Soya is a widely used ingredient and is present in our Kinnerton chocolate in the form of soya lecithin. Lecithin is a fatty substance found and extracted from a number of plant materials, most widely from soya beans. 

Soya Lecithin is used as an emulsifier in chocolate to prevent cocoa butter from separating from the other cocoa ingredients. It also has a major effect on determining how thick or thin a chocolate is and how it flows. This in turn is important in determining how well different chocolate products can be made.

The use of emulsifiers such as soya lecithin within chocolate manufacture is well established. Kinnerton chocolate contains approximately 0.6% soya lecithin. It is generally recognised that the level of protein within soya lecithin is around 0.3%. It is therefore estimated that the amount of soya protein present in chocolate is around 0.002% (20mg per Kg or 20 ppm).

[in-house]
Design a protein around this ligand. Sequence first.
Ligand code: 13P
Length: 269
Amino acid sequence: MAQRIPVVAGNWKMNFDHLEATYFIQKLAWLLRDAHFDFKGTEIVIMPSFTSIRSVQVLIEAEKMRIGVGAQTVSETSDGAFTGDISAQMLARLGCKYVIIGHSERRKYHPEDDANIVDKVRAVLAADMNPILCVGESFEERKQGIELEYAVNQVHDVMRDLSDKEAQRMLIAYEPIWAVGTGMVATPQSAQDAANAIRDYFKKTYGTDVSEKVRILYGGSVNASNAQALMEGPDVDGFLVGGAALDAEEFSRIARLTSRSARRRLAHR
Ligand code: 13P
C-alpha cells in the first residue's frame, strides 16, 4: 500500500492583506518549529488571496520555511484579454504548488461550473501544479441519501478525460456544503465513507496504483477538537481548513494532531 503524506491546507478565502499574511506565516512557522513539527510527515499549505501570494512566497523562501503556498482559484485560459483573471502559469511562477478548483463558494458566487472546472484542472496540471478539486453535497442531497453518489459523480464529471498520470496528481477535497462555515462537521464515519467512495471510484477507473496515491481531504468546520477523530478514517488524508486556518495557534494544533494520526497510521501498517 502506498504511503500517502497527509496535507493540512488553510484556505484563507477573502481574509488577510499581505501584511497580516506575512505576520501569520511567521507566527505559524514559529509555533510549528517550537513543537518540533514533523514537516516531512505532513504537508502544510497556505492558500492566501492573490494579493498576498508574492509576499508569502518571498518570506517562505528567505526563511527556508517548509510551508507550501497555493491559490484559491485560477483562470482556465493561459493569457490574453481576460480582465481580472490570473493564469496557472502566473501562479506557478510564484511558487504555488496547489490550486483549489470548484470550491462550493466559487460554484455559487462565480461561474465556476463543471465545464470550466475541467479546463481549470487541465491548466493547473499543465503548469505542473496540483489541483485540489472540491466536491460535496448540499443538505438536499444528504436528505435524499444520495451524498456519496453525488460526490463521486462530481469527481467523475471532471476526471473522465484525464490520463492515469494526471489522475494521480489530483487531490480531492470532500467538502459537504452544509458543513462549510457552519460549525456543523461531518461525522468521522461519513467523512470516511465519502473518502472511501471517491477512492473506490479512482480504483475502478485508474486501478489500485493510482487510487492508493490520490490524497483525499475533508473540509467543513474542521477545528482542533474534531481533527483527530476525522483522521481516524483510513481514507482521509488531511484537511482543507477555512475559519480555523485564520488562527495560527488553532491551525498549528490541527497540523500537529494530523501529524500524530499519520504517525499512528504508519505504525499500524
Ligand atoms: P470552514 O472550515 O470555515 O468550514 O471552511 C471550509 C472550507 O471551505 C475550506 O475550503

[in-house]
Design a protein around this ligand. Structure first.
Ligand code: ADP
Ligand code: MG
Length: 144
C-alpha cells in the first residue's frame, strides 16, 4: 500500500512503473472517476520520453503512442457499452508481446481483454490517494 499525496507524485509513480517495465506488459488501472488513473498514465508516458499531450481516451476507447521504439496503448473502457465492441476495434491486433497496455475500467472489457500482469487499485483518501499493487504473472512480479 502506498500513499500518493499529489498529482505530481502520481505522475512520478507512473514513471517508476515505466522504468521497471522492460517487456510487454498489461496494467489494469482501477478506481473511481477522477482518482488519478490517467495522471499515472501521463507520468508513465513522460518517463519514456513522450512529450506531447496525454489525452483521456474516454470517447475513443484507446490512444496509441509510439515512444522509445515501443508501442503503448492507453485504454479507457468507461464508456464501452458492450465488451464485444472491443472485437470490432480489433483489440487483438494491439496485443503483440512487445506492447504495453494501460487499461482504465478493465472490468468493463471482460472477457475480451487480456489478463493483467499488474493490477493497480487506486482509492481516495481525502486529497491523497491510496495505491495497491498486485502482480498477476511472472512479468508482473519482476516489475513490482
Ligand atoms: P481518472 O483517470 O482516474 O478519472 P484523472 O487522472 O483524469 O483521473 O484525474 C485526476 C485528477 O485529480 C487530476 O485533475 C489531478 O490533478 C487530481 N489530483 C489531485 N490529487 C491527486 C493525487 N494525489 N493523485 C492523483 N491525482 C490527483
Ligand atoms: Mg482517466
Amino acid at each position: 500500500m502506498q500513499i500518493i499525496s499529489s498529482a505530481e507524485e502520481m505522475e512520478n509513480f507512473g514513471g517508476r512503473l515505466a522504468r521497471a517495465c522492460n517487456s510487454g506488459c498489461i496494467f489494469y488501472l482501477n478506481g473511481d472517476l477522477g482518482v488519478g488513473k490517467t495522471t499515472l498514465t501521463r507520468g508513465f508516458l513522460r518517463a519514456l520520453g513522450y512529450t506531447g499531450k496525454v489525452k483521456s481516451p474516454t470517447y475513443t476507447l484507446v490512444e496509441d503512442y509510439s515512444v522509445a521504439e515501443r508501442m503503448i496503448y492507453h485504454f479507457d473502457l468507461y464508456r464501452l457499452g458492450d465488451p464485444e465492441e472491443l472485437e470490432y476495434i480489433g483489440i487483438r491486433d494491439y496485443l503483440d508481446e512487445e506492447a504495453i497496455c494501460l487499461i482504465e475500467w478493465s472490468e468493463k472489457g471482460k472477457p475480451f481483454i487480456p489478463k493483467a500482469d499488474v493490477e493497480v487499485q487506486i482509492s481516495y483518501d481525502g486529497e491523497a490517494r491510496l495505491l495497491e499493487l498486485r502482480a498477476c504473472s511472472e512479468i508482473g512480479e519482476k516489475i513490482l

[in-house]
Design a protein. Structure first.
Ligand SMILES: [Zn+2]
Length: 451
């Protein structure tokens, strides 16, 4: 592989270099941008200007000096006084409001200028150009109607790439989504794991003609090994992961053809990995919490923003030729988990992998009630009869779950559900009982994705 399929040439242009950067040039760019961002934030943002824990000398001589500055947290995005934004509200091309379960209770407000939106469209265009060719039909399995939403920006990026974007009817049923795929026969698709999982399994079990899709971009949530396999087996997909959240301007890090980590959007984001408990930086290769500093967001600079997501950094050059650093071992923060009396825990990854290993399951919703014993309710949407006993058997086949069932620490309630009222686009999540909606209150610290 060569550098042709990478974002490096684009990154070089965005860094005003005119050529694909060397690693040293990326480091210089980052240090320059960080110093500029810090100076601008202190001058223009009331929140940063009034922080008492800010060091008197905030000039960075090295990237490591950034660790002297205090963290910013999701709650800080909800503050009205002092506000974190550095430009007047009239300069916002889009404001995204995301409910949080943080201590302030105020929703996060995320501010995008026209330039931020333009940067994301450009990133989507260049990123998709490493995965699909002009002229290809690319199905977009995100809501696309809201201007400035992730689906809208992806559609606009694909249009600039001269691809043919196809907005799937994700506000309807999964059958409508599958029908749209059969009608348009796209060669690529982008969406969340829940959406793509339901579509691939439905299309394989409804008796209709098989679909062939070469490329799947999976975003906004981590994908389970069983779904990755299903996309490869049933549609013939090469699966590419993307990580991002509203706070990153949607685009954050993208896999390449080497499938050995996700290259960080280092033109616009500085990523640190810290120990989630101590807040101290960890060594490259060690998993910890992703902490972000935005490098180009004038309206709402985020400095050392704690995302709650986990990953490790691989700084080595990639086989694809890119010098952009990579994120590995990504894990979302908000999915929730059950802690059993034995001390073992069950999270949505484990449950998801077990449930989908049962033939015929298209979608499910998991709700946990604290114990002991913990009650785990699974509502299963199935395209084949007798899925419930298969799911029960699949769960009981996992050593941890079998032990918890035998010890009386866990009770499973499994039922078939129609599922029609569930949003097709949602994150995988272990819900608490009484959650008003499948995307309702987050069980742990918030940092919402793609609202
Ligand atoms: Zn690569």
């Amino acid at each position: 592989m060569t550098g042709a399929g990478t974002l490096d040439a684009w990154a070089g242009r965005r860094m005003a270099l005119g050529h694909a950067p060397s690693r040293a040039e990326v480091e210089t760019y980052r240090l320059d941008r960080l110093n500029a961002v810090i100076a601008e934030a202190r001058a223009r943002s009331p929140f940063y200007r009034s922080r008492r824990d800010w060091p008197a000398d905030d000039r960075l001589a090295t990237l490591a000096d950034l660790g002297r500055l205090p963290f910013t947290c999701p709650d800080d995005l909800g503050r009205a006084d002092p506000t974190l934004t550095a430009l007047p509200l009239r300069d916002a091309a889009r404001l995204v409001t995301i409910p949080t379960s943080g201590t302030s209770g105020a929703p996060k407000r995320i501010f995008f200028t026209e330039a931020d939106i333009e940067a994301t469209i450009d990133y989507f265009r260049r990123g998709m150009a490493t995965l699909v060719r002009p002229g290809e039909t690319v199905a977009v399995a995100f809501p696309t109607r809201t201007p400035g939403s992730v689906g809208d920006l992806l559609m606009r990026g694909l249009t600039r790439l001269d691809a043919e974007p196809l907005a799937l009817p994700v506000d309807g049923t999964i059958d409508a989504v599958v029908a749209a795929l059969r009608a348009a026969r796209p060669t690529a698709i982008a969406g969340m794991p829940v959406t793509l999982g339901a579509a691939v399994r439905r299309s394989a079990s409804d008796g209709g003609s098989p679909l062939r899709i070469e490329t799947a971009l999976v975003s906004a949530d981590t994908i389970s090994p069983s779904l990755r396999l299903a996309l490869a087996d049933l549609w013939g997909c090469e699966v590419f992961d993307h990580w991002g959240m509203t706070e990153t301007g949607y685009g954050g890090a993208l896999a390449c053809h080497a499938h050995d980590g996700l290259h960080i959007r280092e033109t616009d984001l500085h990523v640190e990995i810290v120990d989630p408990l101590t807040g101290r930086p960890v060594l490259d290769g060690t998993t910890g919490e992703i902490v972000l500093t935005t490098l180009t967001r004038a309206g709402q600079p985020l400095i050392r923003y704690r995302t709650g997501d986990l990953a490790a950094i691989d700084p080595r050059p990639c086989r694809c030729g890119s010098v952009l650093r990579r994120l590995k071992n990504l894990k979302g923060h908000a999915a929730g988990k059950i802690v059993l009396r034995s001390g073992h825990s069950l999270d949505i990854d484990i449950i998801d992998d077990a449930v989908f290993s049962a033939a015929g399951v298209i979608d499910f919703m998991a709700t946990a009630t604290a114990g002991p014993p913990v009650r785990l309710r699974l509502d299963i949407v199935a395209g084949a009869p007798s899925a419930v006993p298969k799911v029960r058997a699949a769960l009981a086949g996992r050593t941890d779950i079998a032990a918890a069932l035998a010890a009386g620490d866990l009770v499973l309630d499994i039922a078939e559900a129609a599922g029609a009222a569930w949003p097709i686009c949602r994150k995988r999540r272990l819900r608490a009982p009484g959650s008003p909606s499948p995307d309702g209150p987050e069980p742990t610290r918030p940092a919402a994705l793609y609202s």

Some scientific studies have shown that many people with soy allergy can tolerate small to moderate amounts of soya protein (up to around 400mg). As a result not all soya allergy sufferers need to avoid eating chocolate containing soya lecithin. However, there is currently no official threshold level of soya protein below which is safe. Individual tolerance to soya protein will vary and only an allergy sufferer and their doctor can decide if it is safe to consume soya lecithin.

There is increased pressure on the chocolate industry to seek alternatives to Soya Lecithin. One alternative is sunflower lecithin but this is not commercially available in sufficient quantities for the chocolate industry.